Readers are always telling me that the cars we review are too expensive. "Enough with the Bugattis!" they say. "Write about something I can afford." People, I hear you. I, too, am growing weary of reading about $3 million cars. So today I'll take a break from exotics and tell you about an everyday family car. It's called the Rolls-Royce Cullinan Black Badge, and it doesn't cost a million dollars. In fact, it's only a little more than a half-million.
At 210.3 inches long, the Cullinan just about matches the length of your bodyguard's Ford Expedition. That's too bad if you're courting attention, because the general public sees the Cullinan and registers "normal big SUV" rather than "chariot of the gods slash Kardashians."
However, like your bunker in that missile silo in New Zealand, the good stuff is on the inside. The carpeting is enchanted lichen from a fairy forest, softer than the baby ostrich you push around Mayfair in a Prada stroller. The doors (rear-hinged in back) are motorized, closed via discreet buttons so you never have to extend an arm to an unphotogenic angle. The rear-seat tray tables? Also motorized. So is the Spirit of Ecstasy hood ornament. And the "viewing suite," a pair of chairs that motor out from the cargo area. It's impressive that the Cullinan weighs only 6086 pounds, because electric motors are heavy. Remember when you tried to throw that Vitamix out the window of Kendall Jenner's chalet?
Anyway, the viewing suite means you can pull right up to your favorite entertainment—falcon racing, truffle tossing, or just hanging out next to a big pile of diamonds. Alternately, that compartment can be loaded with a "recreation module" created by Rolls-Royce according to your favored pastimes. You know, like volcano boarding, which is a real thing that Rolls suggests you might be into. It sounds daunting, but trust me, the hardest part is buying the volcano.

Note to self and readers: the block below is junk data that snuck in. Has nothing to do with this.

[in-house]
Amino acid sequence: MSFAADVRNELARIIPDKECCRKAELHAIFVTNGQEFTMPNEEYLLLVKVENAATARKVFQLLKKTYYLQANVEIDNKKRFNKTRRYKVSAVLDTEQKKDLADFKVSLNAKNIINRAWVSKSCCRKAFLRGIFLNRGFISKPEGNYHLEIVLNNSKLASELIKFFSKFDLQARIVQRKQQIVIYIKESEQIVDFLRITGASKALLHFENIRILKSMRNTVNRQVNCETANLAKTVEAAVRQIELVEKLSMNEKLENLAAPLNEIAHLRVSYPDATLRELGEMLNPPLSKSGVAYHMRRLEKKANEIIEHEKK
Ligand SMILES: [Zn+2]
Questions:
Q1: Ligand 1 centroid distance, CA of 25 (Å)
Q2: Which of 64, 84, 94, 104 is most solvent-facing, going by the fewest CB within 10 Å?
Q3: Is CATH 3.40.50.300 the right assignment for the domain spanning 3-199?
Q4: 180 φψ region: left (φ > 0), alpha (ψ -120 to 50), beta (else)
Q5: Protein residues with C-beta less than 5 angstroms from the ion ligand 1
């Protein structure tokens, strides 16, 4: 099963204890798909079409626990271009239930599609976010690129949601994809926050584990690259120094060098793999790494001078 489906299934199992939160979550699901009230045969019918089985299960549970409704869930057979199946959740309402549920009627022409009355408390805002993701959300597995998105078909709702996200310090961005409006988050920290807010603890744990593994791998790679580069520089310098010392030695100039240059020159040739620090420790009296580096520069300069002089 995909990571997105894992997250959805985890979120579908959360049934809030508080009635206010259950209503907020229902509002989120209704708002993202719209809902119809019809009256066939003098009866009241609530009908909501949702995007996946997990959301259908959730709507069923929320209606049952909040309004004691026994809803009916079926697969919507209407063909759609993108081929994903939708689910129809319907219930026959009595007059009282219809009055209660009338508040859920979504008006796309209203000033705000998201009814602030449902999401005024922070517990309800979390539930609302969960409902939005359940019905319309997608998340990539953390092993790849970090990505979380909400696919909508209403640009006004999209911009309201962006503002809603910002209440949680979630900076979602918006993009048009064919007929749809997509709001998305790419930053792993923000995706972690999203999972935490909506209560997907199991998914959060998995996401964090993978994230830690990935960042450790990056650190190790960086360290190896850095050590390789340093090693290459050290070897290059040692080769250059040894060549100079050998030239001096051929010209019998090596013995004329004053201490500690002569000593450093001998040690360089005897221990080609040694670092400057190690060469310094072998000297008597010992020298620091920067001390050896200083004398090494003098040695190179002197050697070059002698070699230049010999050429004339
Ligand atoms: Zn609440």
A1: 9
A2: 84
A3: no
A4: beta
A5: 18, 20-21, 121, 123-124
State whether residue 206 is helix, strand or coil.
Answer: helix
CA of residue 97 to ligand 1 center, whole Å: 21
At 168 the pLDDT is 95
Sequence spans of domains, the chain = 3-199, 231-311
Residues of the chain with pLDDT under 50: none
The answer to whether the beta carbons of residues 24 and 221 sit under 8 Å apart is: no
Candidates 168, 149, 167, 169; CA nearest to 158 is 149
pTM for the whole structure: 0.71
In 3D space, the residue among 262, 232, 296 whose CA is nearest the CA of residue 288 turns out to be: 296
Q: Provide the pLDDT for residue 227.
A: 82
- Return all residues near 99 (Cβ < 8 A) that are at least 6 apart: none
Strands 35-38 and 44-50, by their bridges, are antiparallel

So what makes a Black Badge different from lesser Cullinans? Well, it's a bit feistier. Its twin-turbo 6.7-liter V-12 pumps out 592 horsepower and 664 pound-feet of torque, up from 563 horses and 627 pound-feet in the standard model. You also get a new (louder) exhaust system, uprated brakes, and the first red-painted calipers ever offered on a Rolls-Royce. Red calipers? What's next, a bevy of superfluous gauges on the A-pillar and an air freshener redolent of Axe body spray? Honestly. As if this were a Camaro or a Bentley Continental GT Speed or some such.
Rolls offers 44,000 standard colors and infinite custom ones—take a swatch from your hot air balloon and Rolls will match it—but it seems to think the Black Badge looks best in its namesake hue, which is hand polished 10 times. The blacked-out motif continues inside, where 23 pieces of carbon trim adorn the interior. Each one takes 21 days to produce. If only the same could be said for the films you bankrolled for Sundance.
A $7500 headliner brings 1344 fiber-optic lights to the party. It's great fun for the rear passengers to watch shooting stars whizzing around overhead, particularly if they've been enjoying one of the two bars between the seats. The lower one hides a whiskey decanter and rocks glasses while the upper one is refrigerated and carries a pair of champagne flutes on its lid. We know what you're thinking, and the answer is to have your driver study up on local open-container laws before you land in Croatia.
What else? Oh, the exact price: The one I drove was $503,225. But you don't even need to spend that much. Like, if you could live with key-fob leather that didn't match the seat trim, that would get the price down to $502,625. But who am I kidding? It would drive me nuts if the fob weren't color matched. A color-matched fob should be standard, but you've got to remember that we're not talking about a million-dollar vehicle here. Keep your expectations reasonable and you just might find that the Rolls-Royce Cullinan Black Badge is all the car you really need.
You Might Also Like